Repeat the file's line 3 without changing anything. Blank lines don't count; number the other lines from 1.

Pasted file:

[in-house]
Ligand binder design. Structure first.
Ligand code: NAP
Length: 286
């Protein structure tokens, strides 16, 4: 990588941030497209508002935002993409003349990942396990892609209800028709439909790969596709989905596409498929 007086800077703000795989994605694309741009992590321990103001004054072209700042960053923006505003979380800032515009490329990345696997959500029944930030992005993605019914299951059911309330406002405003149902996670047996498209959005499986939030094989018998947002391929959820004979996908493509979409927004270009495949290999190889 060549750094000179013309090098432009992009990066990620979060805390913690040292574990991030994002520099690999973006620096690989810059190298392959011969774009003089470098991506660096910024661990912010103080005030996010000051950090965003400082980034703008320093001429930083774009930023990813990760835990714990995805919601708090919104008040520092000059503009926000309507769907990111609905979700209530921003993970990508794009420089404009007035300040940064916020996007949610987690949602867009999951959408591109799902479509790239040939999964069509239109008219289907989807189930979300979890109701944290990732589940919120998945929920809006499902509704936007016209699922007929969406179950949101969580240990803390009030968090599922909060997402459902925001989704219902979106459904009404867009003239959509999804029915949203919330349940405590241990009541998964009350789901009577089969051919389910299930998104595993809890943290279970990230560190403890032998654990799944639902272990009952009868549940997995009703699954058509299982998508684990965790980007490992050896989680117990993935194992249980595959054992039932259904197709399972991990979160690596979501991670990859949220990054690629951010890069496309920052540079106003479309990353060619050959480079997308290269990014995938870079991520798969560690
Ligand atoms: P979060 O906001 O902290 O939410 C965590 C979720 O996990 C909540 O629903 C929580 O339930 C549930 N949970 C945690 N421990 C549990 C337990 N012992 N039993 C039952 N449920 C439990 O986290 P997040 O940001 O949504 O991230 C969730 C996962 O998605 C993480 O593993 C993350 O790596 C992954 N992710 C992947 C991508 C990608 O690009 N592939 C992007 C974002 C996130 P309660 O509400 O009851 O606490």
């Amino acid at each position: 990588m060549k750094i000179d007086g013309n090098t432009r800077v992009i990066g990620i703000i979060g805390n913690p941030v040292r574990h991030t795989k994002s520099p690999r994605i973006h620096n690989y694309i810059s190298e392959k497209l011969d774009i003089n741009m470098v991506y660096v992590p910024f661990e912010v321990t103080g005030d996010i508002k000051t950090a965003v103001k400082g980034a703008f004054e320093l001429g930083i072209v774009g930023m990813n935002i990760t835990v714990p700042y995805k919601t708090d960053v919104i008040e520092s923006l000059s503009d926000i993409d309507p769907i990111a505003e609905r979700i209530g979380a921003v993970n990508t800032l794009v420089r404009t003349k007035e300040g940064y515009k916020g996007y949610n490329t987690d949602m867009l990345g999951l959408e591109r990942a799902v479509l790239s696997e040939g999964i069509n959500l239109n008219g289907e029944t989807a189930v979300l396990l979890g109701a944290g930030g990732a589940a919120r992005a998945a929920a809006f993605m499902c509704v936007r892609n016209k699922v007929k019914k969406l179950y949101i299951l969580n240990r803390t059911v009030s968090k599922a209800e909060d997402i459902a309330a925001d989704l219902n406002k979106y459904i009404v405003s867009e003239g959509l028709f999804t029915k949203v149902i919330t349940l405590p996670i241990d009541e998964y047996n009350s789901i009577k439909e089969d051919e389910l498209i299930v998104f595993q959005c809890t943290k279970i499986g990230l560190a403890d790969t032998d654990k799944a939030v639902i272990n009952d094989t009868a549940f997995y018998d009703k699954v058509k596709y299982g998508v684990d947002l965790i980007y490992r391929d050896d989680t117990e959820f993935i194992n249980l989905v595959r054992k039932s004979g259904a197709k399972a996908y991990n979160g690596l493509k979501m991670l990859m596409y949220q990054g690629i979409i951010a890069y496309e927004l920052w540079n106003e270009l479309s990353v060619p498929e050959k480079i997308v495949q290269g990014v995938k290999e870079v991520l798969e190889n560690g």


Ligand code: NAP